But, for as hard as we try to prove our righteousness, we’re not very good at it. At every turn, our checkered past continues to dog us and nip at our heels. The Internet is particularly good at unearthing everything we want to keep buried. Yet, this doesn’t really matter, because we’re such creatures of habit anyway. History always repeats itself, and we’re just like everyone else. Nevertheless, we make internal vows, double-down, and persevere, because we’ve always been taught that that’s what disciples do. As 12-step programs like to say: “fake it ’til you make it.” Besides, what about Mother Theresa, Bonhoeffer, Grandma, and all our paragons of faith? Their righteousness totally stands out. Who’s so foolish as to suggest otherwise? Yet, these beloved ones routinely put us to shame by our obvious failure to act, because they prove that we knowingly blunder forth in our slipshod service, minimizing or overlooking the damage we cause. And all the while, we co-opt God’s grace, making it our escape route. After all, no one’s perfect.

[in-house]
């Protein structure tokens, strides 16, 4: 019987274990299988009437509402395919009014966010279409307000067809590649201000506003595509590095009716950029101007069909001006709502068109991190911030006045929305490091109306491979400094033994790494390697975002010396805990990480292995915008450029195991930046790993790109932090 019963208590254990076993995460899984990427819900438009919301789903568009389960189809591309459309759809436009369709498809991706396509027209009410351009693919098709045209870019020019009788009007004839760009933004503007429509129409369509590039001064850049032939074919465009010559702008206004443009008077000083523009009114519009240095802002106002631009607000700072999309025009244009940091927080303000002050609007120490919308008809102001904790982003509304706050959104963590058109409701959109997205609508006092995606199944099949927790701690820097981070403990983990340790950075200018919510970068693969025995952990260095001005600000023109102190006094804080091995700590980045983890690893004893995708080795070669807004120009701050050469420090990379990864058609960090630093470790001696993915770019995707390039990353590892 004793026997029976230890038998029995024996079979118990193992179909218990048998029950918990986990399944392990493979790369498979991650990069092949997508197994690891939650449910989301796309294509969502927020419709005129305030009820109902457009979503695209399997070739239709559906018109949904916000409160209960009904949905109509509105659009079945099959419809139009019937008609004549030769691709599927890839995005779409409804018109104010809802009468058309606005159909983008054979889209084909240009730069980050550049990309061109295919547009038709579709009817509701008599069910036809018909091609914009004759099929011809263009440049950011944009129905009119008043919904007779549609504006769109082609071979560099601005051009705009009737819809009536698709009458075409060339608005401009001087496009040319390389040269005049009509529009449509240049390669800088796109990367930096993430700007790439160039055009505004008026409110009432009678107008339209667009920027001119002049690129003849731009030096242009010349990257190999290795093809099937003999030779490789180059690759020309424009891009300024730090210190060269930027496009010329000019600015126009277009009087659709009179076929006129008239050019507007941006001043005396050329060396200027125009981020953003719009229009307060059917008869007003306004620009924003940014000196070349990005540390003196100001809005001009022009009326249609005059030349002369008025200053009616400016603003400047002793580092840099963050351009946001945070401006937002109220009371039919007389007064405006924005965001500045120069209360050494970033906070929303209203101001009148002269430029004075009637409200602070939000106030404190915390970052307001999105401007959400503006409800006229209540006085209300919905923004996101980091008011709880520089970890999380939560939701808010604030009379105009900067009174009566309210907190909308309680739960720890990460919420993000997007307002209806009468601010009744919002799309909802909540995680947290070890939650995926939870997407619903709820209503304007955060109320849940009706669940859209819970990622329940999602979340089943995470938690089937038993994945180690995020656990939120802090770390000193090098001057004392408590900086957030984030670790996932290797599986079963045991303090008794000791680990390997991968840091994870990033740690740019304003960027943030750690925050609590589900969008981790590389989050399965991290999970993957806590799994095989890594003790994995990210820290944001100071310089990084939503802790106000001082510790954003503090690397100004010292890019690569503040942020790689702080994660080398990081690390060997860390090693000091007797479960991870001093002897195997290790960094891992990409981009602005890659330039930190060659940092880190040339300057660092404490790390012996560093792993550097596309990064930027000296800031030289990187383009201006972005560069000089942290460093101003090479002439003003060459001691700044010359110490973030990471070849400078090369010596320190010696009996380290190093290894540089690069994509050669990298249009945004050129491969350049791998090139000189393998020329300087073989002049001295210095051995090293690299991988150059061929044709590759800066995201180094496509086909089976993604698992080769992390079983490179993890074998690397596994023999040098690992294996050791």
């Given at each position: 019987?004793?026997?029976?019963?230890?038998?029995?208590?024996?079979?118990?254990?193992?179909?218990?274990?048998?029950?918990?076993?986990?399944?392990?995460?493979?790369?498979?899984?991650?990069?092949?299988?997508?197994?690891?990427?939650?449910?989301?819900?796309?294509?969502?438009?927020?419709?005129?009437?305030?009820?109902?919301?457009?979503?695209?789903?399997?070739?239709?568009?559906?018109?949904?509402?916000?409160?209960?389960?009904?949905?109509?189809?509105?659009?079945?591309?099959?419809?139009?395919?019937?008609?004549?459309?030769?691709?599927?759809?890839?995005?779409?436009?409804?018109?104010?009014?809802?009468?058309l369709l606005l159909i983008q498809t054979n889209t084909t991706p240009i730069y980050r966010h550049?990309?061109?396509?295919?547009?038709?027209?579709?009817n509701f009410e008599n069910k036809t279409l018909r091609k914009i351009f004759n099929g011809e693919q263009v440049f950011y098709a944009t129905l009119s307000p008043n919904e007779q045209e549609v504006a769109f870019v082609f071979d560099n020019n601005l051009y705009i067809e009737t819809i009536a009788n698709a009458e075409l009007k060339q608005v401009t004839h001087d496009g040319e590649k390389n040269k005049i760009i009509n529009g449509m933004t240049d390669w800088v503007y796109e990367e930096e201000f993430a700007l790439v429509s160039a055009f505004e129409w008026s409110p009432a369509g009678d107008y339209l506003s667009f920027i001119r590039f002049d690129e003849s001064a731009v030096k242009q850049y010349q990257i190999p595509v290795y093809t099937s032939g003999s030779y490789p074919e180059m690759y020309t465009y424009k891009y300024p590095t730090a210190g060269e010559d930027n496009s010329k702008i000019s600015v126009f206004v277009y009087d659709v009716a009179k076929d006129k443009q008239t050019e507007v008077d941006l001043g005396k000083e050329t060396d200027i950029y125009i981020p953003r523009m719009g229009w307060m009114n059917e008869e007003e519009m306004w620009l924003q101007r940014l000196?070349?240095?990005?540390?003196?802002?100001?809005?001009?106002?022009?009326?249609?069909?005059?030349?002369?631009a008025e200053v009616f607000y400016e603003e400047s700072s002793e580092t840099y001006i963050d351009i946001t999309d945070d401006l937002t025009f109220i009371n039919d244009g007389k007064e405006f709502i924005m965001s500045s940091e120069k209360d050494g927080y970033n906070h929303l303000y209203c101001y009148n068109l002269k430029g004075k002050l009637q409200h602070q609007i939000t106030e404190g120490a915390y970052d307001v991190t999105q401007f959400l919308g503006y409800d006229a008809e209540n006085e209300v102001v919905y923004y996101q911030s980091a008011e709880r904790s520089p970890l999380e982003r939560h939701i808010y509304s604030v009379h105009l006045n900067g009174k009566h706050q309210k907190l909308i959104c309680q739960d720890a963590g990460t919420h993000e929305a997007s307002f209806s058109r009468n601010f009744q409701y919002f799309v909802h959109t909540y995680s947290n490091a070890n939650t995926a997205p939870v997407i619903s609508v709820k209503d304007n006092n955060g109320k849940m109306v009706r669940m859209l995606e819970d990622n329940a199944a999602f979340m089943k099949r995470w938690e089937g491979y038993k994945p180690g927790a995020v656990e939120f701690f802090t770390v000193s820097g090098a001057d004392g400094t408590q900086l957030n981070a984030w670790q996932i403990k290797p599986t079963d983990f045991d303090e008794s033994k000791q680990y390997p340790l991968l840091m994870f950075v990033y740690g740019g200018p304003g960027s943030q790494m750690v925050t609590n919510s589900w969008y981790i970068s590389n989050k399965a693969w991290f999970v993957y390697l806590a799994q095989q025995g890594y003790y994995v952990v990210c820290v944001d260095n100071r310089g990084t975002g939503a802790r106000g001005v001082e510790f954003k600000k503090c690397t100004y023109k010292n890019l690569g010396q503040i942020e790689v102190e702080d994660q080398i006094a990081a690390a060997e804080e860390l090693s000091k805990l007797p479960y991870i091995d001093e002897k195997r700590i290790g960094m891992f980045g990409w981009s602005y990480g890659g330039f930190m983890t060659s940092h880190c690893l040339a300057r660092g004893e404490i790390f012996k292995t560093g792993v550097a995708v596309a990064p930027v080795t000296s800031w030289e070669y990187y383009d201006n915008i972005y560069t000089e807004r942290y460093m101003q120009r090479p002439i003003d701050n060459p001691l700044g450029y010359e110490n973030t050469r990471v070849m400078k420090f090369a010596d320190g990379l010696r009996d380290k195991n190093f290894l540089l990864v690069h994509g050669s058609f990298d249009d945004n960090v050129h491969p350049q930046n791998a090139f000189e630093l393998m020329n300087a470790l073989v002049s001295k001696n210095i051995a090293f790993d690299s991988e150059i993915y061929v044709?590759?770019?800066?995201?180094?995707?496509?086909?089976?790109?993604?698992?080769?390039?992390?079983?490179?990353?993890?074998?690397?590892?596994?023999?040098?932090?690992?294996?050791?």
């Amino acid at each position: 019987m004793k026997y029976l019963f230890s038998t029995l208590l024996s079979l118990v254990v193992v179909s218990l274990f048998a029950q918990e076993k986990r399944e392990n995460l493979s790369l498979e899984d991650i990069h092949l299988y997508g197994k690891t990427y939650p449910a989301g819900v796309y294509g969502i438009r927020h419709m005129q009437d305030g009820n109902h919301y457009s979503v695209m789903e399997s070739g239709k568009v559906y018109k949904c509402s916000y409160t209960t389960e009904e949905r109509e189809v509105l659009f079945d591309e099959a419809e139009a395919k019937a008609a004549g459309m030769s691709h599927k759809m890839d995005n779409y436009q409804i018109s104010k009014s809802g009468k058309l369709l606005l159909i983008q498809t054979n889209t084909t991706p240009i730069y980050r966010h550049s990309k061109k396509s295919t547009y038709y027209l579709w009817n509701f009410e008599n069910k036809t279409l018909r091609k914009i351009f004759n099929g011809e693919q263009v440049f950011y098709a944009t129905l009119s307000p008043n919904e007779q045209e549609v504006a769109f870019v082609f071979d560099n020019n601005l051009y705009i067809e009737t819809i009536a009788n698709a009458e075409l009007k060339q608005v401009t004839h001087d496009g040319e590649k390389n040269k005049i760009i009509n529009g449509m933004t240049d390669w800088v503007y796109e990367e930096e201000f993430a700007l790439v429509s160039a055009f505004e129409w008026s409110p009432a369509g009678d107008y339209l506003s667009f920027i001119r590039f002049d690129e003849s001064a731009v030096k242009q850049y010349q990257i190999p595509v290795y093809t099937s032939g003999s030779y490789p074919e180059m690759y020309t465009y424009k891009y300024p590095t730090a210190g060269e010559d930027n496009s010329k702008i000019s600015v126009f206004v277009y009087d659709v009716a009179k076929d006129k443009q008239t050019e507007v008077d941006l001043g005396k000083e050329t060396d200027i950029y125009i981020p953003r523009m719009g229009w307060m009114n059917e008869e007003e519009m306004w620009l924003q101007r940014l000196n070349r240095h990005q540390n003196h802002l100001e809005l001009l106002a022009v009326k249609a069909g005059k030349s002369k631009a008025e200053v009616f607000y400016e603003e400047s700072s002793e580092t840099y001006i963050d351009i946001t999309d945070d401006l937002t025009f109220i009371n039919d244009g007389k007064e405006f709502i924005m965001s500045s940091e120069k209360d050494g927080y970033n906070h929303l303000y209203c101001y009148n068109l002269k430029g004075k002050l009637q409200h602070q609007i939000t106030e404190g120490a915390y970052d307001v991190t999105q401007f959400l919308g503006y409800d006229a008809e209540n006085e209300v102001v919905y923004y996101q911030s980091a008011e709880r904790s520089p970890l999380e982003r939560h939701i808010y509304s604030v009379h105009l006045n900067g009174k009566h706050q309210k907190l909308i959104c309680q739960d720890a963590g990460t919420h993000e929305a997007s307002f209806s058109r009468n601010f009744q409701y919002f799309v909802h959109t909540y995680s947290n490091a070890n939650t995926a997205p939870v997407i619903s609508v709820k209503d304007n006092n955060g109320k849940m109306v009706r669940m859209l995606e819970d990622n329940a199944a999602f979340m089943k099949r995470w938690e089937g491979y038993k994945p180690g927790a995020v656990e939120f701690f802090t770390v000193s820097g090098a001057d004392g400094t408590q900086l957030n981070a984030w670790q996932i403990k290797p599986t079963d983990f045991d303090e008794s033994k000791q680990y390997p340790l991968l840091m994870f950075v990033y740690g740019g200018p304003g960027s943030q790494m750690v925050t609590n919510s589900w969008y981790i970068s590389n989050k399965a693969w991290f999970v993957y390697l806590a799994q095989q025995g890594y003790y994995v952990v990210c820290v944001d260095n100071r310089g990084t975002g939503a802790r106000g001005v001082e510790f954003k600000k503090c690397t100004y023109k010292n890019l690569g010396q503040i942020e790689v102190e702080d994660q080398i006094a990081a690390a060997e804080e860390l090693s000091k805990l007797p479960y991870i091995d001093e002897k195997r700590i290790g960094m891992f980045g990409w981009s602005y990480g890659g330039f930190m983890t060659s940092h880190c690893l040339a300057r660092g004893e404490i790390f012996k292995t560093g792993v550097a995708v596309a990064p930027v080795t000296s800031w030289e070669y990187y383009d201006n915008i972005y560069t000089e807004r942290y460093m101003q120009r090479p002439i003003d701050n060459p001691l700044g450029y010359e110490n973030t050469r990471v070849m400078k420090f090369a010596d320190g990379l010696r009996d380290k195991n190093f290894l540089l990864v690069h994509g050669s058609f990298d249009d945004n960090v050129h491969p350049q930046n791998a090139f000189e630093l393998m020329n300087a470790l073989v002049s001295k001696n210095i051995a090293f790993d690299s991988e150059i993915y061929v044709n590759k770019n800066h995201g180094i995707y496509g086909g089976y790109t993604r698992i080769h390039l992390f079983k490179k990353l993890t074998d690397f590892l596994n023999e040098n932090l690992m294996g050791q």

Step 3: Final Diagnosis (Eternal Problem): The End of Action